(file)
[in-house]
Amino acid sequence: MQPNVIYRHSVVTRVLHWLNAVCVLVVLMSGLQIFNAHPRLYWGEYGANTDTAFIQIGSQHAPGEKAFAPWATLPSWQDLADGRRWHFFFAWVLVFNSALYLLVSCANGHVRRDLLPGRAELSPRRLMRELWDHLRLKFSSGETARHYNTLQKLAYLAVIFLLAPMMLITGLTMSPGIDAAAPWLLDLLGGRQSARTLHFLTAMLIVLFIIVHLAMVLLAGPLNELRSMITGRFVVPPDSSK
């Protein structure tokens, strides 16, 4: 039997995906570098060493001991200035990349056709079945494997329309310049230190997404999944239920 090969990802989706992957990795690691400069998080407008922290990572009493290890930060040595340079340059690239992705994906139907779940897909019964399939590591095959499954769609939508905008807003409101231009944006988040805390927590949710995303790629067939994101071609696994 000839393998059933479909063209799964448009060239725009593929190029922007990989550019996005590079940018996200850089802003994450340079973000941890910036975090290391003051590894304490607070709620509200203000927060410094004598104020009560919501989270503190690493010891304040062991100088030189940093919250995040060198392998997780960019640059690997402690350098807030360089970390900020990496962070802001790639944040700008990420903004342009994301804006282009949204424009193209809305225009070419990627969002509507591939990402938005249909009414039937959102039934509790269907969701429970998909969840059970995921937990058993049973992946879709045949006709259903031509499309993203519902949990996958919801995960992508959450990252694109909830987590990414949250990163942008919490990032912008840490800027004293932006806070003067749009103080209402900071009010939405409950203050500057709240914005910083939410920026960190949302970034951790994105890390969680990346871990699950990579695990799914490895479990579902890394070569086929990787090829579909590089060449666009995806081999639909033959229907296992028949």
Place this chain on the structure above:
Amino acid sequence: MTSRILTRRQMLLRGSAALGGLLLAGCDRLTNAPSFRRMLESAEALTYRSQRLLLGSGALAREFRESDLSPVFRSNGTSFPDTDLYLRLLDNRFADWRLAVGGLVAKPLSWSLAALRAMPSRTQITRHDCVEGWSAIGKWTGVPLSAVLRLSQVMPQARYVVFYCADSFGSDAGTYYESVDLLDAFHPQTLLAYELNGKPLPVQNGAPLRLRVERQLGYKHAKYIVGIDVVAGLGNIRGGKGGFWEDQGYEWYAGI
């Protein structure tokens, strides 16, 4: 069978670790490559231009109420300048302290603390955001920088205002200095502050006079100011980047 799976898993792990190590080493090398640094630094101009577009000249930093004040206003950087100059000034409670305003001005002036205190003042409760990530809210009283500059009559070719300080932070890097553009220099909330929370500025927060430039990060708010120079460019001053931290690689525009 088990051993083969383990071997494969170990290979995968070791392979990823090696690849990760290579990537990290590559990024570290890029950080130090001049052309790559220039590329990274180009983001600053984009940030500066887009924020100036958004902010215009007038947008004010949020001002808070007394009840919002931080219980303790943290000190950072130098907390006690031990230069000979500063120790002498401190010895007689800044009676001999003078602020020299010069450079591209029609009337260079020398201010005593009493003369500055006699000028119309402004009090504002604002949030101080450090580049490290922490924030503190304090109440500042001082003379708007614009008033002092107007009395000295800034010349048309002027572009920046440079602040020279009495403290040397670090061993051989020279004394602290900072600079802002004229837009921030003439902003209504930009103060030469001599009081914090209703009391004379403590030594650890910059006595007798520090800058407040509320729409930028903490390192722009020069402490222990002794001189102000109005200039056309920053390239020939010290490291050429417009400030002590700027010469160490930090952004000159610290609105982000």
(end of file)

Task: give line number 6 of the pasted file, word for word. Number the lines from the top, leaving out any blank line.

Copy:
């Protein structure tokens, strides 16, 4: 069978670790490559231009109420300048302290603390955001920088205002200095502050006079100011980047 799976898993792990190590080493090398640094630094101009577009000249930093004040206003950087100059000034409670305003001005002036205190003042409760990530809210009283500059009559070719300080932070890097553009220099909330929370500025927060430039990060708010120079460019001053931290690689525009 088990051993083969383990071997494969170990290979995968070791392979990823090696690849990760290579990537990290590559990024570290890029950080130090001049052309790559220039590329990274180009983001600053984009940030500066887009924020100036958004902010215009007038947008004010949020001002808070007394009840919002931080219980303790943290000190950072130098907390006690031990230069000979500063120790002498401190010895007689800044009676001999003078602020020299010069450079591209029609009337260079020398201010005593009493003369500055006699000028119309402004009090504002604002949030101080450090580049490290922490924030503190304090109440500042001082003379708007614009008033002092107007009395000295800034010349048309002027572009920046440079602040020279009495403290040397670090061993051989020279004394602290900072600079802002004229837009921030003439902003209504930009103060030469001599009081914090209703009391004379403590030594650890910059006595007798520090800058407040509320729409930028903490390192722009020069402490222990002794001189102000109005200039056309920053390239020939010290490291050429417009400030002590700027010469160490930090952004000159610290609105982000």